Another problem, though, is designer attitude. Who wants to give away their hard work for free, after all? Designers already complain about their work being undervalued on marketplaces like 99designs. (Oddly, very few developers complain about their profession being undervalued on sites like oDesk, although I think it is.) While developers see having a Github repository as a kind of portfolio, and participation in an open source project as career-building, designers don’t have the same incentives. Although there are individual examples – Chris Messina’s involvement in Firefox undoubtedly boosted his career, for example – a designer’s participation in an open source community is not generally seen as being awesome. Yet.

Open source companies have an incentive here, and a responsibility to the community to promote this ethos. They should understand the importance of hiring designers, and they should give preference to designers who have contributed to open source projects. Most importantly, developers should understand that designers are engineers too: they just work with a different set of tools.

Illustration: Design Is Not My Job 1, by Andy Mangold, released under a Creative Commons license.

Keeping the web decentralized

November 20, 2010 | 2 comments

3Com Campus in Massachusetts: 1999Tim Berners-Lee has an article in December’s Scientific American about the future of the web. It serves, in many ways, as a list of baselines – things that should be obvious to anyone who’s worked with the web for any real length of time. He argues for net neutrality, for open standards, and for the decentralization of web-based functionality; all things that I agree must be fundamental to the platform if it is to have a healthy future. It’s required reading, and worth sending to all your non-technical friends who use websites as part of their lives.

Decentralization is another important design feature. You do not have to get approval from any central authority to add a page or make a link. All you have to do is use three simple, standard protocols: write a page in the HTML (hypertext markup language) format, name it with the URI naming convention, and serve it up on the Internet using HTTP (hypertext transfer protocol). Decentralization has made widespread innovation possible and will continue to do so in the future.

[…] Several threats to the Web’s universality have arisen recently. Cable television companies that sell Internet connectivity are considering whether to limit their Internet users to downloading only the company’s mix of entertainment. Social-networking sites present a different kind of problem. Facebook, LinkedIn, Friendster and others typically provide value by capturing information as you enter it: your birthday, your e-mail address, your likes, and links indicating who is friends with whom and who is in which photograph. The sites assemble these bits of data into brilliant databases and reuse the information to provide value-added service—but only within their sites. Once you enter your data into one of these services, you cannot easily use them on another site. Each site is a silo, walled off from the others. Yes, your site’s pages are on the Web, but your data are not. You can access a Web page about a list of people you have created in one site, but you cannot send that list, or items from it, to another site.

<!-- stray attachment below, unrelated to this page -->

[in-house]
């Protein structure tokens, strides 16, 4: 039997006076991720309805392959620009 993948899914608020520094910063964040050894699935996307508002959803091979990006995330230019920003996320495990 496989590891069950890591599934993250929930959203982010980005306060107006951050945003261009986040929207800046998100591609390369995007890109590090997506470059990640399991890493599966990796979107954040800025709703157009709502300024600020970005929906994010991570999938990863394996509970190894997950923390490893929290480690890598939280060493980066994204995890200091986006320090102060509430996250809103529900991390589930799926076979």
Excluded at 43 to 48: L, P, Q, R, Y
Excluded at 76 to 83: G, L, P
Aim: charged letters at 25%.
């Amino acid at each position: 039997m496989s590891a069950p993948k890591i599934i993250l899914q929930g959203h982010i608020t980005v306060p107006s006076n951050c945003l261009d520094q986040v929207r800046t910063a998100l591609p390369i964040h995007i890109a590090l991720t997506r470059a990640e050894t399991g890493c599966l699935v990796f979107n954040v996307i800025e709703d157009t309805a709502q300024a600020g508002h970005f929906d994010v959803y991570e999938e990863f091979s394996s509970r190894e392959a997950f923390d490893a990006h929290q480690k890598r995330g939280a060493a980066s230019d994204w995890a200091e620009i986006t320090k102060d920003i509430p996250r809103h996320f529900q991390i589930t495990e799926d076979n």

The full article is over here.

I’m waiting for an application layer to emerge that embodies these traits (here are some ideas about how to make it a reality), but funnily enough, most web companies don’t seem to like the idea of letting go of their proprietary databases and competing on features rather than lock-in. Of course, the likes of Status.net and Diaspora are making a go of it, but in both cases, the applications create communities in themselves (which are interoperable with other communities) rather than single, WordPress-style nodes with social hooks that sit directly on the web.

In some ways, these applications aren’t directly social at all – certainly not in the “social networking” sense. There don’t have to be profiles, friends lists, or even direct sharing. They might be social in the sense that they are web applications – by definition, applications that are connected to the web (and therefore the billions of people who now use it). They provide notifications to their operators, allow access to content to be controlled according to a standard access control list, and allow that content to be commented on and relinked elsewhere. The “decentralized social web” is really just an evolved form of the standard publish-and-read model we’ve been using with blogs for over a decade, combined with the linked data concepts Berners-Lee champions.

So when do we get to use it? Well, to be honest with you, it’s kind of irritating. This is one of those inventions that are discovered rather than created as such: I have a complete picture of how this software would work in practice, and I understand how to create a business model that would render the software both widely attractive and financially sustainable. At some point I’ll give up on waiting for it to magically emerge and set to work – right now there is no competition (aside from other, different communication models), and a bunch of real-world problems that it would solve.

What kind of problems? Here’s a hint. Stop thinking in terms of publishing on the web, and start thinking in terms of distributed communications, and distributed, open markets. (Not just markets of ideas, but also tangible business markets.) Stop thinking about software and data, and start thinking about empowering people who are striving to bypass the gatekeepers in their way and connect, directly, with each other. Stop trying to own peoples’ lives, experience, skills and information, and put them in full control to let them talk, share, create and do business with each other.

Photo of Tim Berners-Lee by Jim Grisanzio, released under a Creative Commons license.